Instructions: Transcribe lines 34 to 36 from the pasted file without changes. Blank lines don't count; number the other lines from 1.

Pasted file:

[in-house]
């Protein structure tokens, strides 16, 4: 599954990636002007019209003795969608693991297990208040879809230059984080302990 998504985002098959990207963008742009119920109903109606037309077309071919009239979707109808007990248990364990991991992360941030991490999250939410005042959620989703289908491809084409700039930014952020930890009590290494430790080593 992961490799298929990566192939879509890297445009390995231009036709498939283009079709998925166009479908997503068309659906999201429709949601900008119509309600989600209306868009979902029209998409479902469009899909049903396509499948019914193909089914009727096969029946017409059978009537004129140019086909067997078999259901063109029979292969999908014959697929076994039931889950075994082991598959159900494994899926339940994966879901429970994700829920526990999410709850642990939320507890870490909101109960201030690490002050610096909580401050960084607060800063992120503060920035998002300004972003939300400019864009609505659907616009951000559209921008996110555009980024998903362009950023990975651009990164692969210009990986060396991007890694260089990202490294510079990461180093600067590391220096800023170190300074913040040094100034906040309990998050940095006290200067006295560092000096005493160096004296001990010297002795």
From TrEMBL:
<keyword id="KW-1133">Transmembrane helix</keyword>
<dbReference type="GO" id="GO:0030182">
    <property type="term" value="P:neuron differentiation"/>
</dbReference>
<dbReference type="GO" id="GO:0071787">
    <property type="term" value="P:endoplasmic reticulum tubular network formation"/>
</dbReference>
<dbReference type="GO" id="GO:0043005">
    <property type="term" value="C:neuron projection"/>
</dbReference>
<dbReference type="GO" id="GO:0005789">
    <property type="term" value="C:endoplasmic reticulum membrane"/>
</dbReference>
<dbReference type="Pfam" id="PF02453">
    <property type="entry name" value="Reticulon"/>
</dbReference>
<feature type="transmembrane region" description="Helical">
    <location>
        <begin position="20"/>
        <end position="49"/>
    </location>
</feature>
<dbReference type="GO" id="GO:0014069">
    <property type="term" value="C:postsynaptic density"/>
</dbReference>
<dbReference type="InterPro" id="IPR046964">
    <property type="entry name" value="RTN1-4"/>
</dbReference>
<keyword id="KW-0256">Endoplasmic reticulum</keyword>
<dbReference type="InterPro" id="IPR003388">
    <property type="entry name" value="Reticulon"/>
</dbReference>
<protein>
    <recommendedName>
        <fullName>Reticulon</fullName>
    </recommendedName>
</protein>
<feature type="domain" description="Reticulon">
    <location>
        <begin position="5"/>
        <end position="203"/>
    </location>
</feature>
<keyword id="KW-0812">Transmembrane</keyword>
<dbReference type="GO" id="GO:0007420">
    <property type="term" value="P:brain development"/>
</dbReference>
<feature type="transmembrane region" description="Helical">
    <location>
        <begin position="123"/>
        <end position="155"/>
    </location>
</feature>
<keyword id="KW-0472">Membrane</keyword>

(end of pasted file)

    <property type="entry name" value="Reticulon"/>
</dbReference>
<protein>